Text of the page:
As you travel past East Campus on Main Street and glance at the train tracks, you may not know that they were the site of a presidential visit 110 years ago, when Theodore Roosevelt brought his private train to Durham to praise Trinity College.
Roosevelt was first impressed by Trinity College when, in 1903, professor of history John Spencer Bassett wrote an article for the South Atlantic Quarterly, in which he praised leading black educator Booker T. Washington as the greatest man, “save General [Robert E.] Lee, born in the South in a hundred years.” Many members of the public implored the Trinity board of trustees to terminate Bassett. With the support of faculty members and students, the board refused, striking a blow for academic freedom.
In 1905, Roosevelt toured several Southern states, visiting both Raleigh and Durham. He invited Bassett to join him in Raleigh and to ride in the president’s private train to Durham. Stopping just outside the Trinity College gates, in view of the East and West Duke buildings and across from where today’s Smith Warehouse stands, Roosevelt was greeted by a rapturous crowd of students and townspeople. He marveled, “As I came in, gentlemen, I felt as if I was at a football contest.”
Roosevelt’s speech praised Trinity for its reputation on academic freedom, and presaged Duke’s later “work hard, play hard” ethos, by commenting, “I believe in play with all my heart. Play when you play, but work when you work, and remember that your having gone through college does not so much confer a special privilege upon you as it does to impose a special obligation upon you.”
He continued, “Each one of you, if he is worth his salt, wishes when he graduates to pay some portion of his debt to his alma mater. You have received from her during your years of attendance in her halls certain privileges in the way of scholarship, certain privileges in the way of companionship, which make it incumbent upon you to repay what you have been given.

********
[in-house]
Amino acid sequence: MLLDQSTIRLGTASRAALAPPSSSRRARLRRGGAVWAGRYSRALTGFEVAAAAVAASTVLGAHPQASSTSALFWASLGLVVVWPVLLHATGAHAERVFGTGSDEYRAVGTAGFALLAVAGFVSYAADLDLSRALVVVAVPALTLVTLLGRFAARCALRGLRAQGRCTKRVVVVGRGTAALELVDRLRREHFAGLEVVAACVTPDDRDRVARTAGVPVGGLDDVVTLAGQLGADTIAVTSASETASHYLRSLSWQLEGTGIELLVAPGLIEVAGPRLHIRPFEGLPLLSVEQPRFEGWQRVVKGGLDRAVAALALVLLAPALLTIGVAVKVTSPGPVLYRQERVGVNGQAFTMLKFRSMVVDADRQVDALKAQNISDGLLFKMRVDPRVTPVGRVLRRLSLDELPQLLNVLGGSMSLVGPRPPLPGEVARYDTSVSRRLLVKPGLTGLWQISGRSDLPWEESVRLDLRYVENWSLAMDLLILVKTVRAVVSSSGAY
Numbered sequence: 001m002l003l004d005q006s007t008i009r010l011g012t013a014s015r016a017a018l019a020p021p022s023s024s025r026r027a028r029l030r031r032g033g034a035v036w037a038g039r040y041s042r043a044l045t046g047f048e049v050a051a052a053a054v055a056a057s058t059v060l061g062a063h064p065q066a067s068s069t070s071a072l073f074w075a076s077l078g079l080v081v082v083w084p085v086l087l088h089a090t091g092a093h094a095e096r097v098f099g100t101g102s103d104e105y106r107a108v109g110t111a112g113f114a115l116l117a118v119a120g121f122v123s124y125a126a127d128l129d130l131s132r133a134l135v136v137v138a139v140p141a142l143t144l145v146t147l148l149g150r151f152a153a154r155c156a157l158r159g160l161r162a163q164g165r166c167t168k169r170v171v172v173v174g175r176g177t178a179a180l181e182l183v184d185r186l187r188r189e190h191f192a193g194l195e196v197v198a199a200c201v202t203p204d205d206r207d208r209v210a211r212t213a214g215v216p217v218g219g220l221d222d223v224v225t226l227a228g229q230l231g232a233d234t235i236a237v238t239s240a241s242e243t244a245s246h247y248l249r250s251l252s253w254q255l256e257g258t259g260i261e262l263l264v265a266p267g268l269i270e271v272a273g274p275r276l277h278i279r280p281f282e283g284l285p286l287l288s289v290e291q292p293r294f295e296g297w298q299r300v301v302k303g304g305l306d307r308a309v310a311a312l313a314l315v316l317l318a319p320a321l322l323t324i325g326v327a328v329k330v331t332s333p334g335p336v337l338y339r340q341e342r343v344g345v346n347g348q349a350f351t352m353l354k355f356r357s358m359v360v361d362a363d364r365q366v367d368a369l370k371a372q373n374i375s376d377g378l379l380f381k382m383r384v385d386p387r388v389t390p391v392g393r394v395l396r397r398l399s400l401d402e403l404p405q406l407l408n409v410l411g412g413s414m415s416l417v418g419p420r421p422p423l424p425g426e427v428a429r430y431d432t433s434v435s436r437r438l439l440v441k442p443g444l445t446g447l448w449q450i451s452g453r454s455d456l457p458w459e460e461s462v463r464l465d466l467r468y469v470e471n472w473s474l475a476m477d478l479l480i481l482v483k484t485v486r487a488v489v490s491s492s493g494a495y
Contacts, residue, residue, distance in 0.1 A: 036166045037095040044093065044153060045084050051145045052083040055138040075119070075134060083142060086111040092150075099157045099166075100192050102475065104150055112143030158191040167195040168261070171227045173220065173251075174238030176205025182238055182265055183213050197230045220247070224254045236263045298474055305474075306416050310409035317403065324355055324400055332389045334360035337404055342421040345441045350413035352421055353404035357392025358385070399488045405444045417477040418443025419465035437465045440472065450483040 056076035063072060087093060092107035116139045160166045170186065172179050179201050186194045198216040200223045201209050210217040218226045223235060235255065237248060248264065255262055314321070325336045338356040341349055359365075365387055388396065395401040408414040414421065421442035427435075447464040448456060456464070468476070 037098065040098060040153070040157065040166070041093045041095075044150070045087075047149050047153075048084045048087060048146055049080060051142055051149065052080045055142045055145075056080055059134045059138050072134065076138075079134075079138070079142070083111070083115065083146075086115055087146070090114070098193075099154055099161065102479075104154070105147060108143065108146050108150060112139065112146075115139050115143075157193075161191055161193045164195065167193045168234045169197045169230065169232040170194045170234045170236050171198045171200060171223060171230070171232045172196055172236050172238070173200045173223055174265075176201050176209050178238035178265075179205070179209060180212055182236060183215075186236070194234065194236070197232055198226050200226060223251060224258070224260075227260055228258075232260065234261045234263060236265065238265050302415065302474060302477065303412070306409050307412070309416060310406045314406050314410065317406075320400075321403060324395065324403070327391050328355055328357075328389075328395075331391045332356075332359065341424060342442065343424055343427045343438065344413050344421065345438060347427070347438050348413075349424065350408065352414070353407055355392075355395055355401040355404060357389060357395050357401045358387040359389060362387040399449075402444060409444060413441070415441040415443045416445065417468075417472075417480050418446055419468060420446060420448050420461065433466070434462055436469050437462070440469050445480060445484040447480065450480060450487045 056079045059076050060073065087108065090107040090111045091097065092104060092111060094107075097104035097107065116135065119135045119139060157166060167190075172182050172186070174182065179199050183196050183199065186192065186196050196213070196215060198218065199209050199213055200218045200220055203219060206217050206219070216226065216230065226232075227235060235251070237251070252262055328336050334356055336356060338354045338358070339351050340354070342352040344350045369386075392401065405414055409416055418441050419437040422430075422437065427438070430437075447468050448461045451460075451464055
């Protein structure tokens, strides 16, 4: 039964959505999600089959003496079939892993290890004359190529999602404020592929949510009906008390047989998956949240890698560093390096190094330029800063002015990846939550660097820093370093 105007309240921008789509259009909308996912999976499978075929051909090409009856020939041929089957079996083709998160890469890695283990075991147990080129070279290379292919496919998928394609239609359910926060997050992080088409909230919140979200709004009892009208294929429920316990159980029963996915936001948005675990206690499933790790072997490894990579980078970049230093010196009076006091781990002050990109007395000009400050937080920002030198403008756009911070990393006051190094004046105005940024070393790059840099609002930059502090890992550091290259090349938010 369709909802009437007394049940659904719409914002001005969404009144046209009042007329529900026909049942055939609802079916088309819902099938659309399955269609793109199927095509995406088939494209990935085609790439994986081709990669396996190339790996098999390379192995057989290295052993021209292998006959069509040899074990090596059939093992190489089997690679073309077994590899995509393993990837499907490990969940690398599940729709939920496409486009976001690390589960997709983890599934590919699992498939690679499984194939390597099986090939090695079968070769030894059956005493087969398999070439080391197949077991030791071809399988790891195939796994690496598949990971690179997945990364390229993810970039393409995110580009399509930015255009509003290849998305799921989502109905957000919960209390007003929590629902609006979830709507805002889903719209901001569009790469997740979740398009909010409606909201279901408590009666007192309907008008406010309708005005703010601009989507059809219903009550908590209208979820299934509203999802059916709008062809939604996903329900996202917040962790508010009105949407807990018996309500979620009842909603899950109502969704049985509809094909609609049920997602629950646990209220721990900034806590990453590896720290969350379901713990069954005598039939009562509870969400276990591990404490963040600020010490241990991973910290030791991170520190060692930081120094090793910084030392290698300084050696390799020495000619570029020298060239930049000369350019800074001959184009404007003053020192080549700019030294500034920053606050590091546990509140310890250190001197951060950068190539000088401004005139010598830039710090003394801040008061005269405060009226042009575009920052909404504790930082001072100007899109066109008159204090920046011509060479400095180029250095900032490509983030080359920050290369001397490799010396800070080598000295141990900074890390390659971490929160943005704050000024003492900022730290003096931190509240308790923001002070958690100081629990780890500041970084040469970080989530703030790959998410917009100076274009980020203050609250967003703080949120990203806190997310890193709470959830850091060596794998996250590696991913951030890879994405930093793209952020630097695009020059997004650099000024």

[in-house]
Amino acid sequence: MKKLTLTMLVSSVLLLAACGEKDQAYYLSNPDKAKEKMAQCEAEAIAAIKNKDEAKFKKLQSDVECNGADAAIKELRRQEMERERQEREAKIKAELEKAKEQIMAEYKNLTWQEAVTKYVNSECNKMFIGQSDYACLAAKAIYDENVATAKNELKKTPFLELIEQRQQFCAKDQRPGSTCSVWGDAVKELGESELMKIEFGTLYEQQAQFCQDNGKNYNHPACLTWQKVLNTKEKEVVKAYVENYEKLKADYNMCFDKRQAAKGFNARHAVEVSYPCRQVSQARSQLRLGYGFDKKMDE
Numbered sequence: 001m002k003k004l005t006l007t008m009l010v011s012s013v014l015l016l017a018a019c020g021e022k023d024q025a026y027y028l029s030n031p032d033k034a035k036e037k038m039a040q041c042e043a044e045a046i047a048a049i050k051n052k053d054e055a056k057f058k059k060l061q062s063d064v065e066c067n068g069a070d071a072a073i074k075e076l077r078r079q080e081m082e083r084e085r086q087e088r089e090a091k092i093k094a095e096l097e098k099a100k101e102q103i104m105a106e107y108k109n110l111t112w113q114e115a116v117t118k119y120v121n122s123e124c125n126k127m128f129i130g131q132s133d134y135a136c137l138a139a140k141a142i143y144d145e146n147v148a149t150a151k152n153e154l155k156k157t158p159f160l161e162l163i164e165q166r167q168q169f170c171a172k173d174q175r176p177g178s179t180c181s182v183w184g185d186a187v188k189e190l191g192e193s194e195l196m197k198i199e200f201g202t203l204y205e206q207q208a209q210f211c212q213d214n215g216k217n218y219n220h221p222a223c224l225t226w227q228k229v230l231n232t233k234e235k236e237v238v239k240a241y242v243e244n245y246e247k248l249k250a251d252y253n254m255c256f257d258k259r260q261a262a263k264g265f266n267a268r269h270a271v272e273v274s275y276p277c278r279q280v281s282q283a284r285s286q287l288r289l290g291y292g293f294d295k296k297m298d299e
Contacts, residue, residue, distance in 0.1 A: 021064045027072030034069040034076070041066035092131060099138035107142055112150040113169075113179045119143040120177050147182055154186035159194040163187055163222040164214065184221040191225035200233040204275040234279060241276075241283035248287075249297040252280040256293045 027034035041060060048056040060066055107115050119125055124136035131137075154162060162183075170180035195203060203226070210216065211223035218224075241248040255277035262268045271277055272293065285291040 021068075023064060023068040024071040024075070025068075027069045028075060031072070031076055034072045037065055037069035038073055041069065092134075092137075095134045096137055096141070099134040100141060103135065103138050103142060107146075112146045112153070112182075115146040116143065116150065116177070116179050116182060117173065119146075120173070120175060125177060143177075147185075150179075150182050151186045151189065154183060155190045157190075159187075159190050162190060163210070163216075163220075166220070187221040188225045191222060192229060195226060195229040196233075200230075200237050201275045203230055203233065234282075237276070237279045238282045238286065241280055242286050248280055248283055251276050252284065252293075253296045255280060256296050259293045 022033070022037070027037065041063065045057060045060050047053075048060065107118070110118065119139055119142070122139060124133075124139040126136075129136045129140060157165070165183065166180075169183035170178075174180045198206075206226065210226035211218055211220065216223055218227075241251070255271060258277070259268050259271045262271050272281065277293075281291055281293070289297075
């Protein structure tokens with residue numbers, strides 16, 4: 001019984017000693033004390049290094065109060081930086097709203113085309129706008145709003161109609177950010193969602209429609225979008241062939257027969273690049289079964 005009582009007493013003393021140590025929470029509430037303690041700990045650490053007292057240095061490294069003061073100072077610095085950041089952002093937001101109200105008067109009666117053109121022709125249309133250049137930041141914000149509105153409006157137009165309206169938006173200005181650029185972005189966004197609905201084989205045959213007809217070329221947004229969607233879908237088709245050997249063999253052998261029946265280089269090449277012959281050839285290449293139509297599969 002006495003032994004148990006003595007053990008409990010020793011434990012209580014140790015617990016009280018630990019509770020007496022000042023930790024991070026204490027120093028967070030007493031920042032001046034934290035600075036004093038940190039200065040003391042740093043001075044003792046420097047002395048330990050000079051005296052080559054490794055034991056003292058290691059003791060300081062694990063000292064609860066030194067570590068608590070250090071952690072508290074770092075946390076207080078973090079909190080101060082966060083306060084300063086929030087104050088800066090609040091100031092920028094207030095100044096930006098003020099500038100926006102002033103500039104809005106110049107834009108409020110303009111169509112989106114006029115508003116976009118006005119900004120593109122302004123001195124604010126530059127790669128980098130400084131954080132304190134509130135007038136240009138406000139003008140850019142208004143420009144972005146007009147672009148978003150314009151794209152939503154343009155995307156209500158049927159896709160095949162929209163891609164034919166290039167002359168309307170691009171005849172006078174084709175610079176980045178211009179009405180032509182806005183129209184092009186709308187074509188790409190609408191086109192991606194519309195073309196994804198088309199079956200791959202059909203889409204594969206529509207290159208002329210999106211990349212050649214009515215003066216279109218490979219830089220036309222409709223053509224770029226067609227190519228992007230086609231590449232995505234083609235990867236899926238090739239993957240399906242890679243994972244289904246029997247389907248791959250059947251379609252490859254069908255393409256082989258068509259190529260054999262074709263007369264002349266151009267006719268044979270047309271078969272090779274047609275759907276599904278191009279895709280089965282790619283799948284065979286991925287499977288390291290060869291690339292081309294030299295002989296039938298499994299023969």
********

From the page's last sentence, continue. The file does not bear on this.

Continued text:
“Now you can’t repay that to the college itself, save in one way, by the quality of your citizenship, as displayed in the actual affairs of life. You can make it an honor to the college to have sent you forth into the great world. That is the only way in which you can repay to the college what the college has done for you, and I most earnestly hope and believe that you, and those like you in all the colleges of this land, will make it evident to the generation that is rising that you are fit for leadership, that the training has not been wasted, that you are ready to render to the state the kind of service which is invaluable, because it cannot be bought, because there is no price which can be put upon it.”
Trinity senior John Allen Morgan attended the speech, and wrote in his diary, “I was impressed with the spirit of non-provincialism in the President’s remarks. He was at ease, seemed really to enjoy his stay here.” Fellow senior Mary Reamey Thomas (the future spouse of President William Preston Few) wrote a lengthy letter to her mother about the visit. “Yells for ‘Roosevelt’ and ‘Harvard’ went up from five hundred men, all students of Trinity and the Trinity High School,” she related. “The whole town was decorated with flags and buntings by the yards and every factory, school and place of business suspended. The day reminded me very much of Mr. [Washington] Duke’s funeral except that one was a red, white & blue day. The other one of mourning.” Thomas was impressed by Roosevelt’s physical stature: “R. is the most wholesome, healthy specimen of manhood I ever saw. His pictures are all exactly like him.”
The following year, Bassett left Trinity for Smith College, but Roosevelt remained fond of the small North Carolina school. He continued to praise Trinity as a place of intelligent and forward-thinking people. And the Trinity students— each of whom received a flag—had a tangible souvenir of when the president came to their alma mater. It was remembered as a testament to the aspirations of a young school and the city it shared.
Gillispie is the university archivist.